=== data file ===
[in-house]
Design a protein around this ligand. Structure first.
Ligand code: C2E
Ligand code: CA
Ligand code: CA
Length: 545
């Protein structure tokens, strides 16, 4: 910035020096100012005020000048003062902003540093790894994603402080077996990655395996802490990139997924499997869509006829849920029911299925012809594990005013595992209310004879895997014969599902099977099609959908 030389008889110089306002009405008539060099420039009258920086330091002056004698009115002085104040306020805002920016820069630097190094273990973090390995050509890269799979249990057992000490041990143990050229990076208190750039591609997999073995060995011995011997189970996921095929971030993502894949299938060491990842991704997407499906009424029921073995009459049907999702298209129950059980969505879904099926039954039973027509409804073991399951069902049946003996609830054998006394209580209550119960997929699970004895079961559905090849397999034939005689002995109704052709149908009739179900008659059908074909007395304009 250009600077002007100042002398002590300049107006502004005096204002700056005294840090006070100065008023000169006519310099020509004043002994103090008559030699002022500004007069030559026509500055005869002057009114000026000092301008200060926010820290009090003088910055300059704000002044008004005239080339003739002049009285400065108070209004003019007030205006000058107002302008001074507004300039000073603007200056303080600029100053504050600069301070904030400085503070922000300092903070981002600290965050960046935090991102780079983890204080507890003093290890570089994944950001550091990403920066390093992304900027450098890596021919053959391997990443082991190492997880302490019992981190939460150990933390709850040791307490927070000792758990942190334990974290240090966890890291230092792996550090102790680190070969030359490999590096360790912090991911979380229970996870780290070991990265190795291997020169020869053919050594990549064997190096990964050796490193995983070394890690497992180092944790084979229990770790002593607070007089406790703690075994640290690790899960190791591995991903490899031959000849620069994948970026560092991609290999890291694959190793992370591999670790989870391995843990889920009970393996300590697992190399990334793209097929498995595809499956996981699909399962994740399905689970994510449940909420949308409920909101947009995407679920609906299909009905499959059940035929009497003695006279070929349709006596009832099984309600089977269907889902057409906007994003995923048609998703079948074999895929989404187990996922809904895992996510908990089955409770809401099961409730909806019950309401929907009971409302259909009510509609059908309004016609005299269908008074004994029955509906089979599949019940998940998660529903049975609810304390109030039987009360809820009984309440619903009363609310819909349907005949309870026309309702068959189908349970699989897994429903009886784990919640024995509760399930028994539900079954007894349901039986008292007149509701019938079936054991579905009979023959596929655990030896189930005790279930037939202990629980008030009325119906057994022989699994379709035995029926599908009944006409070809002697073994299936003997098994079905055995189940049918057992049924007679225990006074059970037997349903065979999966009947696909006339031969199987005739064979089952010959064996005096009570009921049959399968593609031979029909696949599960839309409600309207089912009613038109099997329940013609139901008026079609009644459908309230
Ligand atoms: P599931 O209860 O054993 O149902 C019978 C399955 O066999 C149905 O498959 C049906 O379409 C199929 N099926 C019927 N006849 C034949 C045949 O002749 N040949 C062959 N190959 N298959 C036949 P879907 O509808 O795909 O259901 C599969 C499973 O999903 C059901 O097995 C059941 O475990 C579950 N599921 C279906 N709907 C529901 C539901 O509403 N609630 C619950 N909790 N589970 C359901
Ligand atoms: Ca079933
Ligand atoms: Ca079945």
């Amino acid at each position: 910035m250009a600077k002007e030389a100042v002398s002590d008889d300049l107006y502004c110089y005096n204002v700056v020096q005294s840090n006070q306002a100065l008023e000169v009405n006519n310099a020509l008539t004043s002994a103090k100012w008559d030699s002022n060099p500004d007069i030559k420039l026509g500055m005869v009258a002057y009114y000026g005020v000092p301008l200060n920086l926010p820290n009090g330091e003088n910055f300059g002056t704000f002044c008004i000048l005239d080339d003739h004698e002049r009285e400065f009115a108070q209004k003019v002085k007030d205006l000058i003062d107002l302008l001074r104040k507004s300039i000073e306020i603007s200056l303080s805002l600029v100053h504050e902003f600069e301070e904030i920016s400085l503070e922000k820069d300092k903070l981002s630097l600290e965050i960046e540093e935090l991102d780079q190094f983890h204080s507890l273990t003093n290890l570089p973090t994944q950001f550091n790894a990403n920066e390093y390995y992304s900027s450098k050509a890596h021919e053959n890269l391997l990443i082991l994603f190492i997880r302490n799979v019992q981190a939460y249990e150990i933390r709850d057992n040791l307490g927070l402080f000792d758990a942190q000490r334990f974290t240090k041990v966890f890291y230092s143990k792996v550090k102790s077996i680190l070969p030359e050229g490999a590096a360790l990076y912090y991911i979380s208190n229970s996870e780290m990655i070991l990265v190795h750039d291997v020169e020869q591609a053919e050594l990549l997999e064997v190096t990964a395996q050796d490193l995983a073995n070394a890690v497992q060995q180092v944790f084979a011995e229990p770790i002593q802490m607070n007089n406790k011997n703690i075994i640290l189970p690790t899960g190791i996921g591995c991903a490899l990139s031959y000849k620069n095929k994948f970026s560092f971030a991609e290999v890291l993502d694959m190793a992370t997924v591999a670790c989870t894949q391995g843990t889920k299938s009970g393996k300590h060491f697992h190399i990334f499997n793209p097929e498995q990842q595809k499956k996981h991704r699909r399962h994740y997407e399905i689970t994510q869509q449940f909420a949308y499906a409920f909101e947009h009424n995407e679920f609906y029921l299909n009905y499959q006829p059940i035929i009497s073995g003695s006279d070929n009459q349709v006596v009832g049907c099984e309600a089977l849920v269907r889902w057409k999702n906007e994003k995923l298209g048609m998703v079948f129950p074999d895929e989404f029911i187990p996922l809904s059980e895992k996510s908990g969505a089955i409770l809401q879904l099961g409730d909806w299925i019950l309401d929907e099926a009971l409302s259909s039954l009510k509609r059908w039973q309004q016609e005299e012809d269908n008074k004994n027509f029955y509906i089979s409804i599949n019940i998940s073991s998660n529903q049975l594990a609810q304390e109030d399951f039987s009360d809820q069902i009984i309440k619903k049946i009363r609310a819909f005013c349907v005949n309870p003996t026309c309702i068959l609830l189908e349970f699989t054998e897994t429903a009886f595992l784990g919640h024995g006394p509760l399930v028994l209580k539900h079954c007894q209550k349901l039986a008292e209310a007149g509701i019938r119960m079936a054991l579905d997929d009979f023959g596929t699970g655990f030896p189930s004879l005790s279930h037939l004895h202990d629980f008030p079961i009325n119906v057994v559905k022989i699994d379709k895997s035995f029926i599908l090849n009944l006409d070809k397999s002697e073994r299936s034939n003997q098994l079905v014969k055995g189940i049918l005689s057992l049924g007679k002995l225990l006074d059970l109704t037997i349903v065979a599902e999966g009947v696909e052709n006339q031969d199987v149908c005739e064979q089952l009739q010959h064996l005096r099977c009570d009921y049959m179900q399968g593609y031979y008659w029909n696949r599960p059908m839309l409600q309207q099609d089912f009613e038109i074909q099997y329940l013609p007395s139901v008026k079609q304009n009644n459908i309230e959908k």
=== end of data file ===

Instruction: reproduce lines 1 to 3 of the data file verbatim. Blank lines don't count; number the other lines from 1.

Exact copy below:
[in-house]
Design a protein around this ligand. Structure first.
Ligand code: C2E